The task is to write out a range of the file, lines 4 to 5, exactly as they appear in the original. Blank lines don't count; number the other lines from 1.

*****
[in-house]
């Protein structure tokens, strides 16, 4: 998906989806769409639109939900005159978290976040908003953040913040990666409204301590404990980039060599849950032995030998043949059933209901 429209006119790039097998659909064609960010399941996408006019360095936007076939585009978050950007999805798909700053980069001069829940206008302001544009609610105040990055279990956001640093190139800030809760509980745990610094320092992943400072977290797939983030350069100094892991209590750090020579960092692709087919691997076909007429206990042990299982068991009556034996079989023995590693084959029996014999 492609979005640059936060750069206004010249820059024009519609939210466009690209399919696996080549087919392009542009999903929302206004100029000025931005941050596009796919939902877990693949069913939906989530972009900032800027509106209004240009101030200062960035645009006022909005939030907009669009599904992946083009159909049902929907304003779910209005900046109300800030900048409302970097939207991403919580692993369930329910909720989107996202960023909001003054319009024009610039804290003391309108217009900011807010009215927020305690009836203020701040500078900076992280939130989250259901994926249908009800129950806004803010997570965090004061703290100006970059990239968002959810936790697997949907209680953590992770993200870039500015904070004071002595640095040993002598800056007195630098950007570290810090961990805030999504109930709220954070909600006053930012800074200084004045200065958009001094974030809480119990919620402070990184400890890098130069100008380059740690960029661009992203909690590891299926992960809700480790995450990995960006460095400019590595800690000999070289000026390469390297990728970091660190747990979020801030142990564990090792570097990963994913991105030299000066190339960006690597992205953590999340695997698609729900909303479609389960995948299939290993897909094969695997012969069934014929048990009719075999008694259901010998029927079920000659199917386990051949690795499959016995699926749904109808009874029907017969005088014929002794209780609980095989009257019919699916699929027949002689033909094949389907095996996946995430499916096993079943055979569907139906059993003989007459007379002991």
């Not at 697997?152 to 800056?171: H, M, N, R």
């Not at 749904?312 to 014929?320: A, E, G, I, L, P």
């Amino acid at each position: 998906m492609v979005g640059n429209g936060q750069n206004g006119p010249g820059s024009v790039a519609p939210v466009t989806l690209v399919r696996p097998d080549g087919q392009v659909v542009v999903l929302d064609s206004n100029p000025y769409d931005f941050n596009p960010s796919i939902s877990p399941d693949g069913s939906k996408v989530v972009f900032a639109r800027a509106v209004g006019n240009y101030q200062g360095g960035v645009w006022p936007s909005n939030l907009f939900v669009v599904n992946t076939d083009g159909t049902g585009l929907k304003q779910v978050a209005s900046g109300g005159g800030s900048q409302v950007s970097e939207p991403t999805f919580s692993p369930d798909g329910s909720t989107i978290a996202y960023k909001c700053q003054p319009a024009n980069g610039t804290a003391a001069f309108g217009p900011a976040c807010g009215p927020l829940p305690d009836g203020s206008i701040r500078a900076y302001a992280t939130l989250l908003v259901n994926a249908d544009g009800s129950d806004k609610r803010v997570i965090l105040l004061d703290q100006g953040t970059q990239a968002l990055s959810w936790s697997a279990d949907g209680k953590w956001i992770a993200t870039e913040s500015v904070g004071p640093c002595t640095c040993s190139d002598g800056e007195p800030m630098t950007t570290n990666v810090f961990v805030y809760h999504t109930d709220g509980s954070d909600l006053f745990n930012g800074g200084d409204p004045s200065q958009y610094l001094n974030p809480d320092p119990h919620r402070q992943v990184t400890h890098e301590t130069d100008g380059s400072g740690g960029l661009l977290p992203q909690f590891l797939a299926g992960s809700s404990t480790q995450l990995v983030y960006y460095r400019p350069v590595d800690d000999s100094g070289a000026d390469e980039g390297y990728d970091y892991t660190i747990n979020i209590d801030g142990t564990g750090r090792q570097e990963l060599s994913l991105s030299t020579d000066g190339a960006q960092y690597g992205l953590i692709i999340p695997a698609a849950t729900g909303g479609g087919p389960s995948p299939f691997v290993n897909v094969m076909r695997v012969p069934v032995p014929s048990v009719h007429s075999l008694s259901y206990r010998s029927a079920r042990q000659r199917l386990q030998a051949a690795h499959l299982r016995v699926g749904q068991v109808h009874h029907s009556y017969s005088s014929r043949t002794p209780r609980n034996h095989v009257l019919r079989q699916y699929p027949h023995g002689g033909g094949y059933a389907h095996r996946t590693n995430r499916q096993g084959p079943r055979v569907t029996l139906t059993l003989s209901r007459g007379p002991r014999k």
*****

């Not at 749904?312 to 014929?320: A, E, G, I, L, P």
């Amino acid at each position: 998906m492609v979005g640059n429209g936060q750069n206004g006119p010249g820059s024009v790039a519609p939210v466009t989806l690209v399919r696996p097998d080549g087919q392009v659909v542009v999903l929302d064609s206004n100029p000025y769409d931005f941050n596009p960010s796919i939902s877990p399941d693949g069913s939906k996408v989530v972009f900032a639109r800027a509106v209004g006019n240009y101030q200062g360095g960035v645009w006022p936007s909005n939030l907009f939900v669009v599904n992946t076939d083009g159909t049902g585009l929907k304003q779910v978050a209005s900046g109300g005159g800030s900048q409302v950007s970097e939207p991403t999805f919580s692993p369930d798909g329910s909720t989107i978290a996202y960023k909001c700053q003054p319009a024009n980069g610039t804290a003391a001069f309108g217009p900011a976040c807010g009215p927020l829940p305690d009836g203020s206008i701040r500078a900076y302001a992280t939130l989250l908003v259901n994926a249908d544009g009800s129950d806004k609610r803010v997570i965090l105040l004061d703290q100006g953040t970059q990239a968002l990055s959810w936790s697997a279990d949907g209680k953590w956001i992770a993200t870039e913040s500015v904070g004071p640093c002595t640095c040993s190139d002598g800056e007195p800030m630098t950007t570290n990666v810090f961990v805030y809760h999504t109930d709220g509980s954070d909600l006053f745990n930012g800074g200084d409204p004045s200065q958009y610094l001094n974030p809480d320092p119990h919620r402070q992943v990184t400890h890098e301590t130069d100008g380059s400072g740690g960029l661009l977290p992203q909690f590891l797939a299926g992960s809700s404990t480790q995450l990995v983030y960006y460095r400019p350069v590595d800690d000999s100094g070289a000026d390469e980039g390297y990728d970091y892991t660190i747990n979020i209590d801030g142990t564990g750090r090792q570097e990963l060599s994913l991105s030299t020579d000066g190339a960006q960092y690597g992205l953590i692709i999340p695997a698609a849950t729900g909303g479609g087919p389960s995948p299939f691997v290993n897909v094969m076909r695997v012969p069934v032995p014929s048990v009719h007429s075999l008694s259901y206990r010998s029927a079920r042990q000659r199917l386990q030998a051949a690795h499959l299982r016995v699926g749904q068991v109808h009874h029907s009556y017969s005088s014929r043949t002794p209780r609980n034996h095989v009257l019919r079989q699916y699929p027949h023995g002689g033909g094949y059933a389907h095996r996946t590693n995430r499916q096993g084959p079943r055979v569907t029996l139906t059993l003989s209901r007459g007379p002991r014999k």